Are you still recovering from admissions season? Are you bummed out that you weren’t accepted to a highly rejective school with an extremely low acceptance rate? There are a lot of reasons why people want to go to places like Harvard, Princeton, or Yale. But are there reasons why you shouldn’t go there? In this blog, let’s explore why you shouldn’t go to the most elite school that accepted you.
It’s Not a Good Fit
There are many reasons why a college isn’t a good fit for you. They may not offer the specific degree you’re looking for. For example, you may want to pursue a BS/MD program where you go straight from a Bachelor of Science to a medical program at the same university. More examples include degrees in Architecture or Restaurant and Hotel Management. If you are interested in those majors, then Cornell may be a better fit than Harvard. Whether it’s a certain department or affiliation of a campus, if you’re not engaged on your campus, that’s one of the leading indicators that your college experience won’t have as much of a positive impact on your life. Research from a nonprofit called Challenge Success shows that engagement is the number one predictor of success when it comes to a college education.
Engagement looks like mentors or faculty you connect with. Engagement can also look like a multi-semester project you undertake with a group or the community. Filling out a survey and feeling a connection with your community can also count as engagement. If you don’t feel that connection with Harvard, Princeton, or Yale, then you shouldn’t go there.
The Economics Don’t Make Sense
Another reason why you shouldn’t go to Harvard is if the economics don’t make sense. Many super elite schools like Harvard promise to meet “100% of Demonstrated Need.” Demonstrated Need is the amount in financial aid you are eligible for. It is the difference between the cost of attendance and your expected family contribution. When a school says they’re meeting 100% of Demonstrated Need, that doesn’t mean they will cover all of your personal need. For example, you may have wealthy parents who refuse to pay for your education. If that’s the case, Harvard may not fit your needs the best.
Schools like Harvard, Princeton, Stanford, and Yale do give excellent financial aid packages to low income students. Additionally, if you are Black or Hispanic, you could receive a real benefit from an elite education, so it may be worth the investment. For someone who is white and middle class, the equation might be different. According to a 1999 study by Stacy Berg Dale and Alan B. Krueger, students who applied to schools like Harvard and decided to attend different, lower ranked schools faired about the same in terms of income level, and life outcomes. In a follow up study, they also found that students who just applied to those elite schools had life outcomes that were about the same.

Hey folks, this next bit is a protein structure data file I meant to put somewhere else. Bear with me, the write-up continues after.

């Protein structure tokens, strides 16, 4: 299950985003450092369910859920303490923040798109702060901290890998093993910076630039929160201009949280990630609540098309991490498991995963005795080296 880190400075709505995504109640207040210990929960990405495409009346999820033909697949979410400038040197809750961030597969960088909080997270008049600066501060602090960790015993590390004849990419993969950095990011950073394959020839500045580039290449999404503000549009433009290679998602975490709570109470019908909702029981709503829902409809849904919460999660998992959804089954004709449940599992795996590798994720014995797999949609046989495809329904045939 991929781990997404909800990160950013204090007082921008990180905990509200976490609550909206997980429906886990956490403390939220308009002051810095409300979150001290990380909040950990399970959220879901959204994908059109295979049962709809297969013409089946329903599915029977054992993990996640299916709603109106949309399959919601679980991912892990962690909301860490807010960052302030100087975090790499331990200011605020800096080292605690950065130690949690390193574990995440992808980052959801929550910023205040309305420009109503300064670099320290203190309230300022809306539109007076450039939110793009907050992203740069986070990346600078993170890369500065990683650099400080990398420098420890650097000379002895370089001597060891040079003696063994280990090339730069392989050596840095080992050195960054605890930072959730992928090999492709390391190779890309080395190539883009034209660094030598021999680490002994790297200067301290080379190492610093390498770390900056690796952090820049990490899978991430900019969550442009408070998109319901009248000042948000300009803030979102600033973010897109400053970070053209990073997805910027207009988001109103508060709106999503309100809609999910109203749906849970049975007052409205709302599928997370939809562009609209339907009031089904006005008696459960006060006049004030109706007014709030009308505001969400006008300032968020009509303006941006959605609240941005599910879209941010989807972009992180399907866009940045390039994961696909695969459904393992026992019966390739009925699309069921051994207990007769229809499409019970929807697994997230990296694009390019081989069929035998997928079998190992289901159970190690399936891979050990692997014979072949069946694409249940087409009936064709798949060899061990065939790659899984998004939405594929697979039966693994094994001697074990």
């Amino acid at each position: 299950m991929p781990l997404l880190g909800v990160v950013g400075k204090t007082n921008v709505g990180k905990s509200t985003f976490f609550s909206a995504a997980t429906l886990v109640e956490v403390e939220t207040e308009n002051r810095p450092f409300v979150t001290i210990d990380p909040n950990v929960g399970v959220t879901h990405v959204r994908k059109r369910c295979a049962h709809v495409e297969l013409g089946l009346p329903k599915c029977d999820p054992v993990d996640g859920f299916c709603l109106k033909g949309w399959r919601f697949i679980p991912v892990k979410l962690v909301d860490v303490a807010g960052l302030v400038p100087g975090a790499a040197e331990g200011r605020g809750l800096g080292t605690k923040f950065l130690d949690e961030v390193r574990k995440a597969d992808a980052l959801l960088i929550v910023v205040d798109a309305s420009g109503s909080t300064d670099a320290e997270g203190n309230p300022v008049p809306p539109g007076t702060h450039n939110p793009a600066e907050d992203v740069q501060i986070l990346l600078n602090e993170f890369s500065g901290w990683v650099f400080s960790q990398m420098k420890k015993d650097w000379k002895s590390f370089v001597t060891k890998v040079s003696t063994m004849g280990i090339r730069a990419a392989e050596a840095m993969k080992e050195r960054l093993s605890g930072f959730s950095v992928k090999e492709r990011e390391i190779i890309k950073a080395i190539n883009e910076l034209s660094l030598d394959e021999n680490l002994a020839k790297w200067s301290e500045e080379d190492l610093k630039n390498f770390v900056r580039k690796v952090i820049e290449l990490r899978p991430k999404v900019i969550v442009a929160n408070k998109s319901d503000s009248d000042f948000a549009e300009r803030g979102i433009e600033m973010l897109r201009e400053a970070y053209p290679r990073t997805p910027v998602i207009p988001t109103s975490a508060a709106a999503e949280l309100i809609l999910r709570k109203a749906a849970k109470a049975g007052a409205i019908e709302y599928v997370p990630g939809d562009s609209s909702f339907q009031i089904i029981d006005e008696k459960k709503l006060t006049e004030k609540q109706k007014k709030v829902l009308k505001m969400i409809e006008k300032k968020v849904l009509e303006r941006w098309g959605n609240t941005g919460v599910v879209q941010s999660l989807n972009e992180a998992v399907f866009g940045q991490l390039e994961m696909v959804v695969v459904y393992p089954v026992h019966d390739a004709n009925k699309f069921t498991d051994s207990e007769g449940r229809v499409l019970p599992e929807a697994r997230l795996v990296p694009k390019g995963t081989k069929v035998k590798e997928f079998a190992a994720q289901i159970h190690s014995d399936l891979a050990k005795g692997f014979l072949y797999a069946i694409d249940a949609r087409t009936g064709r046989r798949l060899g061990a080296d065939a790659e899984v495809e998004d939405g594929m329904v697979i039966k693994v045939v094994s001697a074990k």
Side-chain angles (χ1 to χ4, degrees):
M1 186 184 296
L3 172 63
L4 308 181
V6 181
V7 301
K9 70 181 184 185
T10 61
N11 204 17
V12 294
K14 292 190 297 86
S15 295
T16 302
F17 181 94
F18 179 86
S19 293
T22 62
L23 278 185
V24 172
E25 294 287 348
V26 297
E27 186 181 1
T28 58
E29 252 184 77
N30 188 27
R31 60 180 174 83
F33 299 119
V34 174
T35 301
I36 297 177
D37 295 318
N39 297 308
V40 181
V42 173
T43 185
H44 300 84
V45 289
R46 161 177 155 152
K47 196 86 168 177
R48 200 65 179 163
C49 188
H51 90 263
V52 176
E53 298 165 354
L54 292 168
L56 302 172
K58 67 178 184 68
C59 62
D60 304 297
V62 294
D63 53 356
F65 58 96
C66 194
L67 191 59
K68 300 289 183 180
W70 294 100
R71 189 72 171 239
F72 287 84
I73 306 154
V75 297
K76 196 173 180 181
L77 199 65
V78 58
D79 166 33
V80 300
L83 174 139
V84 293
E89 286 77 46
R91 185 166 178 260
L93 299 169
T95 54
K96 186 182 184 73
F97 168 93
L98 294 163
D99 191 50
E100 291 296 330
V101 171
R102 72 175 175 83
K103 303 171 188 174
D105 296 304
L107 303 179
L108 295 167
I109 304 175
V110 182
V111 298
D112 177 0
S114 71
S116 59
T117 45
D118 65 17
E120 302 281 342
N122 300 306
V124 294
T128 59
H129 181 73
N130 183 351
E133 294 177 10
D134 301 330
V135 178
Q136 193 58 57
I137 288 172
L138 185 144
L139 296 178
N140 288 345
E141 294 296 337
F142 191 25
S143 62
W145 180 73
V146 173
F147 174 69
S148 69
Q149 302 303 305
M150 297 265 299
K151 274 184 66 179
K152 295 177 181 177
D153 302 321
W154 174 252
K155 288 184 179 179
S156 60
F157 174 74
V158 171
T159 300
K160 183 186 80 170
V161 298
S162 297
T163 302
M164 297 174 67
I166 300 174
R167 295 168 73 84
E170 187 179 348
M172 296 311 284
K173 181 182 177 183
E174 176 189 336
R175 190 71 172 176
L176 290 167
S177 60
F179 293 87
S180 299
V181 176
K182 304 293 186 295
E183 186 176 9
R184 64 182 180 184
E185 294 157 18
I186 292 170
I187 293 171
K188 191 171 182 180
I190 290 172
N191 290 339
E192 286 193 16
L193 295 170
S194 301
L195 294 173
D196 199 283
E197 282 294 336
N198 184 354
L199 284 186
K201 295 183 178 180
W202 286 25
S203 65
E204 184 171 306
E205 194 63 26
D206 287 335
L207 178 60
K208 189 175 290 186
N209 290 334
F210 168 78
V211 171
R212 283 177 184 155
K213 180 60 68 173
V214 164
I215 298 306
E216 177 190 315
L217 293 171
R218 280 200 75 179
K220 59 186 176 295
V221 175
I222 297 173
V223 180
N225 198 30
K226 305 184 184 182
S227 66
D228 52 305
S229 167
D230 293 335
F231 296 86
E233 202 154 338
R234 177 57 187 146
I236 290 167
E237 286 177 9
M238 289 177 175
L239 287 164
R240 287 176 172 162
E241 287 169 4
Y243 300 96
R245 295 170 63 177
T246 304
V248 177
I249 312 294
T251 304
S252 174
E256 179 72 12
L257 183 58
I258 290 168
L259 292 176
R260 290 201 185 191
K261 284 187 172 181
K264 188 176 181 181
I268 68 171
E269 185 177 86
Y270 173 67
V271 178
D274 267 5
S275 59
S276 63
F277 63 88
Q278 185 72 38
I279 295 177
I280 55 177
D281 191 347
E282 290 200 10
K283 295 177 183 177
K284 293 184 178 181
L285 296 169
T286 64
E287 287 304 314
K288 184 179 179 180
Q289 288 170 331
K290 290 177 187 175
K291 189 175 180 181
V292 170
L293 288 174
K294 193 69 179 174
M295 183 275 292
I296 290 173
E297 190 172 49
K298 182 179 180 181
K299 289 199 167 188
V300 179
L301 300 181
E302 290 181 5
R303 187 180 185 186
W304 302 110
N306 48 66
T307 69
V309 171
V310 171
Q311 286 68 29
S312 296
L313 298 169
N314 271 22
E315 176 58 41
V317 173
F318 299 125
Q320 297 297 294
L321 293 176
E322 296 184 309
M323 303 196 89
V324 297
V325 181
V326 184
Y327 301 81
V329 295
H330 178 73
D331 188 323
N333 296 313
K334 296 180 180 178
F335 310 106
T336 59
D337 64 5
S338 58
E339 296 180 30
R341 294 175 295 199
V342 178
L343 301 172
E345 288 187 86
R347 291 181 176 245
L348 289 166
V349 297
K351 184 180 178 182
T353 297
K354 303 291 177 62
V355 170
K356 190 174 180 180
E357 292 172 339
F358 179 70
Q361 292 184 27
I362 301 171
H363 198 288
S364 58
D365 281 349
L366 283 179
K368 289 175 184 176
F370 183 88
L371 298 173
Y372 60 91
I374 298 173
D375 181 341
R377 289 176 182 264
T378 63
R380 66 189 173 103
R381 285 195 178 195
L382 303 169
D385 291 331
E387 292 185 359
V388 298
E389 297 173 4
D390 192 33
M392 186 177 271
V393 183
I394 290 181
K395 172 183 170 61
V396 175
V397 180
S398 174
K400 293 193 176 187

Return on Investment (ROI)
You may also be interested in your Return on Investment (ROI). Your ROI is the increase in salary from attending minus the cost of attending. If you’re looking at ROI, know that your major matters. Your ROI at Harvard will be different depending on if you major in Computer Science, or Archeology. In other words, a Harvard degree isn’t always worth millions of dollars. If you check out FREEOPP.org you can use their charts to see that certain majors between an elite school and a lower ranked school have no differential at all.
Relative Deprivation Theory
Relative Deprivation Theory is also the Big Fish, Little Pond effect. In his book, David and Goliath, Malcolm Gladwell proposes the idea that students studying math and science shouldn’t go to Harvard. The reason he proposes is this is that persistence in math and science is a problem. In this case persistence refers to the idea that in fields like math in science, if you’re performing in the lowest third of your class you will drop out, regardless of what school you’re attending. By comparing test scores and graduation rates at different schools, Gladwell found that students in the lower and middle thirds of test score results persisted in math and science degrees at lower rates than students who scored in the top third. This means that if you feel you are performing below the students around you, you may never get that STEM degree.
Based on these findings, you can see why you may want to be the Big Fish in the Small Pond. In the Small Pond, your chance of getting the degree is higher. Gladwell notes that your odds of successfully getting a math degree falls by 2% for every 10 points increase of the average SAT score of your peers.
With all this said, you also need to look at yourself. Are your test scores already in the 75th percentile at Harvard? If so, then this probably isn’t a concern to you. However, if you’re in the 25th percentile, you may want to consider a different school.